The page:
"We will respond to the threat of climate change, knowing that the failure to do so would betray our children and future generations. Some may still deny the overwhelming judgment of science, but none can avoid the devastating impact of raging fires, and crippling drought, and more powerful storms. The path towards sustainable energy sources will be long and sometimes difficult. But America cannot resist this transition; we must lead it."
Some pundits on the Right and Center immediately criticized Obama for taking shots at Ayn Rand acolytes like Rep. Paul Ryan, the former Republican vice presidential nominee who complained about a nation of "takers, not makers" and the global-warming deniers who see a socialist conspiracy behind scientific warnings of climate change.
Skepticism and Rejection
But Obama also has encountered skepticism and criticism when he talked about finally bringing the last decade of war to an end. He said, "We, the people, still believe that enduring security and lasting peace do not require perpetual war."- Advertisement -
Then, in a reference to World War II and the Cold War, Obama added, "we are also heirs to those who won the peace and not just the war, who turned sworn enemies into the surest of friends, and we must carry those lessons into this time as well. We will defend our people and uphold our values through strength of arms and rule of law.
"We will show the courage to try and resolve our differences with other nations peacefully -- not because we are naive about the dangers we face, but because engagement can more durably lift suspicion and fear." It was a message that the neocons disdained and that many on the Left doubted.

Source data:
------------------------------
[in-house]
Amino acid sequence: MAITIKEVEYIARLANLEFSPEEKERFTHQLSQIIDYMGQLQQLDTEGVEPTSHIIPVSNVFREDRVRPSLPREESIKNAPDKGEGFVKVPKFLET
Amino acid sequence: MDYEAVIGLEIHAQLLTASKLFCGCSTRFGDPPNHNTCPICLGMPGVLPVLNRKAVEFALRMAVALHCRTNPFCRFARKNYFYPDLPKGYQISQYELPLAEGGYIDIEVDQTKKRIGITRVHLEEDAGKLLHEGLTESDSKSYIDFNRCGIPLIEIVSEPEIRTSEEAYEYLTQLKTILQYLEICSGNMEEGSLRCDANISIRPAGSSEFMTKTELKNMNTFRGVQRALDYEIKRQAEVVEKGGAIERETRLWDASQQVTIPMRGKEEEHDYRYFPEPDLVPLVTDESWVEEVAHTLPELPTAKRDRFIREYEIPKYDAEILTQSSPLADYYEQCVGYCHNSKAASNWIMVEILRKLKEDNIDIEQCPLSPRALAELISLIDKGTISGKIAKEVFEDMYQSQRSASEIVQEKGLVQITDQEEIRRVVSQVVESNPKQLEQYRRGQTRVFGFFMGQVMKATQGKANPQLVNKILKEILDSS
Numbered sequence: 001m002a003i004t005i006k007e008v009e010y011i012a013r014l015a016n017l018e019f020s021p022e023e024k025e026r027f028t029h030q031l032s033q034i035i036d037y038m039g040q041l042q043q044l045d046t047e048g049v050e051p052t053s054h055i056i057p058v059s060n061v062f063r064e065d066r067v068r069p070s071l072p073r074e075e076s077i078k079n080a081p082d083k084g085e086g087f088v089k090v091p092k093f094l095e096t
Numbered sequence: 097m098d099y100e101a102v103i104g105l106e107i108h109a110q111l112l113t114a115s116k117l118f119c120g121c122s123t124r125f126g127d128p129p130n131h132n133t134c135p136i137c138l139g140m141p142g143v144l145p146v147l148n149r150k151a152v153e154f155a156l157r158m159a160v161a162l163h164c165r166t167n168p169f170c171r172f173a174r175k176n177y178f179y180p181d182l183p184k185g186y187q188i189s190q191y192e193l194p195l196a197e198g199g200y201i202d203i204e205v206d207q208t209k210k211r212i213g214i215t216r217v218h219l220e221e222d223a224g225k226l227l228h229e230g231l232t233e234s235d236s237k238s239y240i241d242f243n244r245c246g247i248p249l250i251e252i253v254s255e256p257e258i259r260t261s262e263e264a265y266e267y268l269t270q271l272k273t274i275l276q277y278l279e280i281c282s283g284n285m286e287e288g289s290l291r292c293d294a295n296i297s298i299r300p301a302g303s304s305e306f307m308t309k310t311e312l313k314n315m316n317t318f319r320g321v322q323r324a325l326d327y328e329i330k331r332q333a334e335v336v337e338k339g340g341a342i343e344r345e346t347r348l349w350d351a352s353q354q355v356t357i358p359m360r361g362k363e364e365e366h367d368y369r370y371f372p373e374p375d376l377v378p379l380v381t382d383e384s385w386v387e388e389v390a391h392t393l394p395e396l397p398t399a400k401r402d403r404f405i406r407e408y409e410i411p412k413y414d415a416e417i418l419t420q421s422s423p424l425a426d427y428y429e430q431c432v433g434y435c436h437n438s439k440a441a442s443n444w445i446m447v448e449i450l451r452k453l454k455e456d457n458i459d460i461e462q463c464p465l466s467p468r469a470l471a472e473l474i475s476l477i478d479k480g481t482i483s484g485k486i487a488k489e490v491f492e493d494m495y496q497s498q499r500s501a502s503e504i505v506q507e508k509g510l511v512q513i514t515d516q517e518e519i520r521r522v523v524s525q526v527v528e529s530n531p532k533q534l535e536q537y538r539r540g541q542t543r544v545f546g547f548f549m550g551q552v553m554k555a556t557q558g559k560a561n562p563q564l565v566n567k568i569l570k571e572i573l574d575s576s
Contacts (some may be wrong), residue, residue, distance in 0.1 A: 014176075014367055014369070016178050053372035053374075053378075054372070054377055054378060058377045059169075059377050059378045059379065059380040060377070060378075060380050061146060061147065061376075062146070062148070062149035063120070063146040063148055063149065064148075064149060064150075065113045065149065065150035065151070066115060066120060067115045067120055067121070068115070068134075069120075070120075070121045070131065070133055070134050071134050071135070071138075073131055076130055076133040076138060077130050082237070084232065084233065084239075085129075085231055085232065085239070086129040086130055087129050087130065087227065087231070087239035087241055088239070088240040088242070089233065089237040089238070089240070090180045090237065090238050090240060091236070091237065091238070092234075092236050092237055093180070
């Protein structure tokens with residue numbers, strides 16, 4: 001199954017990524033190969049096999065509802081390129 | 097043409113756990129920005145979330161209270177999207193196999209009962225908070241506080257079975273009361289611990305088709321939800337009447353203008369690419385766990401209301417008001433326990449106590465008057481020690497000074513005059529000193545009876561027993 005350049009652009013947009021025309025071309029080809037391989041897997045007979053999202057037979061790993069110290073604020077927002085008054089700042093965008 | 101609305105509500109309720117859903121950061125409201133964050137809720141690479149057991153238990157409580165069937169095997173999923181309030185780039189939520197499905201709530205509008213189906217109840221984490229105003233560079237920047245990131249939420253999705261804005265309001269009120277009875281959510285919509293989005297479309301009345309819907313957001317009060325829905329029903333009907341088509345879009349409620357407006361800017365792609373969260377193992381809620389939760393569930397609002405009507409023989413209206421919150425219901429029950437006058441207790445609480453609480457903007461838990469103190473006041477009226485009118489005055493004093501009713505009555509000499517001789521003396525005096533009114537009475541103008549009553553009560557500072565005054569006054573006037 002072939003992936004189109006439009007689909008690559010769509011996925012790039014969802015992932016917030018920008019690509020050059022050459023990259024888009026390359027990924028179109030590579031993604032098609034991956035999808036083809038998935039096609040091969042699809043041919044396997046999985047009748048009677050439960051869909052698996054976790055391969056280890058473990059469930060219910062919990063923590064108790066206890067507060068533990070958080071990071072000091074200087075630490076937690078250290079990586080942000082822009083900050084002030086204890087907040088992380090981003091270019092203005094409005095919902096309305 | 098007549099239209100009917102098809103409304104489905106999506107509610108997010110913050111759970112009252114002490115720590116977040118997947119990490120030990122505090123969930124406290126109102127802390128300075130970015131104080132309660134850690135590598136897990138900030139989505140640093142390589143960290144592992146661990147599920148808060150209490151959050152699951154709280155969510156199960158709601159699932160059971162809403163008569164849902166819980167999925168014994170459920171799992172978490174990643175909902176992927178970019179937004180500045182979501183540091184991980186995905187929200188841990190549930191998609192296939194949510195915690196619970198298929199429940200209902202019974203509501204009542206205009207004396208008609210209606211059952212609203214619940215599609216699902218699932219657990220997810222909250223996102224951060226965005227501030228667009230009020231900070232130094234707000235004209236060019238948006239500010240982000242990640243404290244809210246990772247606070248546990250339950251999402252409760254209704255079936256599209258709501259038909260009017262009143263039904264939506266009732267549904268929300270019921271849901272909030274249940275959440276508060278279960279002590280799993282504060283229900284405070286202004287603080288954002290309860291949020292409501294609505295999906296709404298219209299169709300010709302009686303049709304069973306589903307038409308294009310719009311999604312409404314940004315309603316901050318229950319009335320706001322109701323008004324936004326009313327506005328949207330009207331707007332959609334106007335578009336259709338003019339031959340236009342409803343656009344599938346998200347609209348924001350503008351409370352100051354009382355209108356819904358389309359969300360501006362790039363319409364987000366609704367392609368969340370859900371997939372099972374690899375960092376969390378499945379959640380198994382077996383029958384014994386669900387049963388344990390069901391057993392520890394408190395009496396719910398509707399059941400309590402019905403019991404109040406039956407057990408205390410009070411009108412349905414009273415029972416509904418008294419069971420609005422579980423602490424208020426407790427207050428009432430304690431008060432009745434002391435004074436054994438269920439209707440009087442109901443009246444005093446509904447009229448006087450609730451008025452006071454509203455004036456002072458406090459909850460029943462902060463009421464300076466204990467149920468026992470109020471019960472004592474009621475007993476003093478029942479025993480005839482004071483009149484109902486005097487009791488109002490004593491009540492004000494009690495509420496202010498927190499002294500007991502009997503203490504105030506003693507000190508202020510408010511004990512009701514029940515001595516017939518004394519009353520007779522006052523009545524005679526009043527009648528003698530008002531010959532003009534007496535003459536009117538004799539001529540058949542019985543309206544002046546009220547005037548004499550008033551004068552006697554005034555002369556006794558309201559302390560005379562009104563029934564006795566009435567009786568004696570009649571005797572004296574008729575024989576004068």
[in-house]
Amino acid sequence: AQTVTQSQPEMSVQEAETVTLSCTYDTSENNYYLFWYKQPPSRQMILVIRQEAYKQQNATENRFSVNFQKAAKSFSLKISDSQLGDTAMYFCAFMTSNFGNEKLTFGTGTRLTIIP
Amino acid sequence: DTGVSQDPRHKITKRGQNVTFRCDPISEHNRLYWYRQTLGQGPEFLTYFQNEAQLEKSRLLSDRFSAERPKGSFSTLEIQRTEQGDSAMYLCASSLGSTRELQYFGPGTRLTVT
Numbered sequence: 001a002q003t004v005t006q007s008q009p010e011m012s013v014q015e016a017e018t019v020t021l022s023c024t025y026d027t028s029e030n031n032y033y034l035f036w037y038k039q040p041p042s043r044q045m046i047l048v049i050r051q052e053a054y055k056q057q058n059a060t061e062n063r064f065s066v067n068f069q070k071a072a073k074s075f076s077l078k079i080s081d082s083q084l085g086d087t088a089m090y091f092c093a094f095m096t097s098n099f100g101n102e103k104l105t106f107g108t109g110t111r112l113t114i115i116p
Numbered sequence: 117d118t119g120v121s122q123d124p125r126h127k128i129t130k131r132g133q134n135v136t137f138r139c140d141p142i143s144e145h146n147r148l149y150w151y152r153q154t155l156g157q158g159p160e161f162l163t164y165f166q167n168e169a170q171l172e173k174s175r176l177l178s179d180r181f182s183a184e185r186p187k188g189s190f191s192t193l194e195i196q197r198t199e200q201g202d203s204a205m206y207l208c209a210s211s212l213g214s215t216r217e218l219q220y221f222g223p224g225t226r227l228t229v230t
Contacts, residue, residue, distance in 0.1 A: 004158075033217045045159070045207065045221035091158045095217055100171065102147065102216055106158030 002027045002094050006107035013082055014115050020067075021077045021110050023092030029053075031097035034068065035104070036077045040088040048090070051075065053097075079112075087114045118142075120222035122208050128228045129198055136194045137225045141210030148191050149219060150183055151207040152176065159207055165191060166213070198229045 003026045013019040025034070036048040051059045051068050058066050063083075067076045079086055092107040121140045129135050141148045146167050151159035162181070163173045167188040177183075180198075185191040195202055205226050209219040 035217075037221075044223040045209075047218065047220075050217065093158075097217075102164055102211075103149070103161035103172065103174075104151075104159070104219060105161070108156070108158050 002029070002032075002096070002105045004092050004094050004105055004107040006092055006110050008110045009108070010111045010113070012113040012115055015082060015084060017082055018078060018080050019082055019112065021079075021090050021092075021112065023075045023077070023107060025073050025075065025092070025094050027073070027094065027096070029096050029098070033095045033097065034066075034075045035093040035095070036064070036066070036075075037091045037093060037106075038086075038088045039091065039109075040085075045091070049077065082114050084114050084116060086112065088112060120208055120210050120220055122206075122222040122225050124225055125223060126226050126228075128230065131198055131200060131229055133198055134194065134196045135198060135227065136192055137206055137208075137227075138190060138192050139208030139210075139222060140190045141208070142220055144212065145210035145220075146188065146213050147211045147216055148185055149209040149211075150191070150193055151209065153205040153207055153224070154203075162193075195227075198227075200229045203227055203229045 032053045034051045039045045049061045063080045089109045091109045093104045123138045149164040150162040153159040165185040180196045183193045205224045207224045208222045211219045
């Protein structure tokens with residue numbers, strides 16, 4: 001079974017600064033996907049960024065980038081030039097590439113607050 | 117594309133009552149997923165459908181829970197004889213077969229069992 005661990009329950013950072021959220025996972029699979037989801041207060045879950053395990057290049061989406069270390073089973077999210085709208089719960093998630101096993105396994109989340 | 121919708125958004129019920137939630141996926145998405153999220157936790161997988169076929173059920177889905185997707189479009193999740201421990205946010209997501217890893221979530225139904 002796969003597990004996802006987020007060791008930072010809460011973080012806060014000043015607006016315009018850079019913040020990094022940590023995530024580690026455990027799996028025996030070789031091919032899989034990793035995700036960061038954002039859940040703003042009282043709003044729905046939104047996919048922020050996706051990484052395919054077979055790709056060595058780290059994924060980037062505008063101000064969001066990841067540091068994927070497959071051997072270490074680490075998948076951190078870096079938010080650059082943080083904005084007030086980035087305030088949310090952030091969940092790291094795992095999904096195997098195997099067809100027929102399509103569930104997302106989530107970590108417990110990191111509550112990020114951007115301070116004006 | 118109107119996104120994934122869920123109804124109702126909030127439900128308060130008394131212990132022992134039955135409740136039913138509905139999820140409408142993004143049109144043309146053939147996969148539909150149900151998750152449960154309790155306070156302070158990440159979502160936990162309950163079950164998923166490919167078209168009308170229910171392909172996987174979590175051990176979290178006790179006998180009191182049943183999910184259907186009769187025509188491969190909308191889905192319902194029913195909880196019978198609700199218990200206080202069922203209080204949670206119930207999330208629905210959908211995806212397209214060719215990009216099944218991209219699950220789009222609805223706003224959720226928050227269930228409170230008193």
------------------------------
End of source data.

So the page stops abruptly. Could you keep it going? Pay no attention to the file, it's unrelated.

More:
Obama then wrapped up his Second Inaugural with possibly its most memorable promise, a commitment to advance the cause of justice and equality:- Advertisement -"We, the people, declare today that the most evident of truths -- that all of us are created equal -- is the star that guides us still; just as it guided our forebears through Seneca Falls, and Selma, and Stonewall; just as it guided all those men and women, sung and unsung, who left footprints along this great Mall, to hear a preacher say that we cannot walk alone; to hear a King proclaim that our individual freedom is inextricably bound to the freedom of every soul on Earth. ...
"Being true to our founding documents does not require us to agree on every contour of life; it does not mean we will all define liberty in exactly the same way, or follow the same precise path to happiness. Progress does not compel us to settle centuries-long debates about the role of government for all time -- but it does require us to act in our time. For now decisions are upon us, and we cannot afford delay."
Obama then called on American citizens to create the political space so these necessary reforms can be achieved:"You and I, as citizens, have the power to set this country's course. You and I, as citizens, have the obligation to shape the debates of our time -- not only with the votes we cast, but with the voices we lift in defense of our most ancient values and enduring ideals."
The final measure of Obama and his presidency may not be just how well he lives up to the commitments of his Second Inaugural but how forcefully the American people insist that those commitments become real.- Advertisement -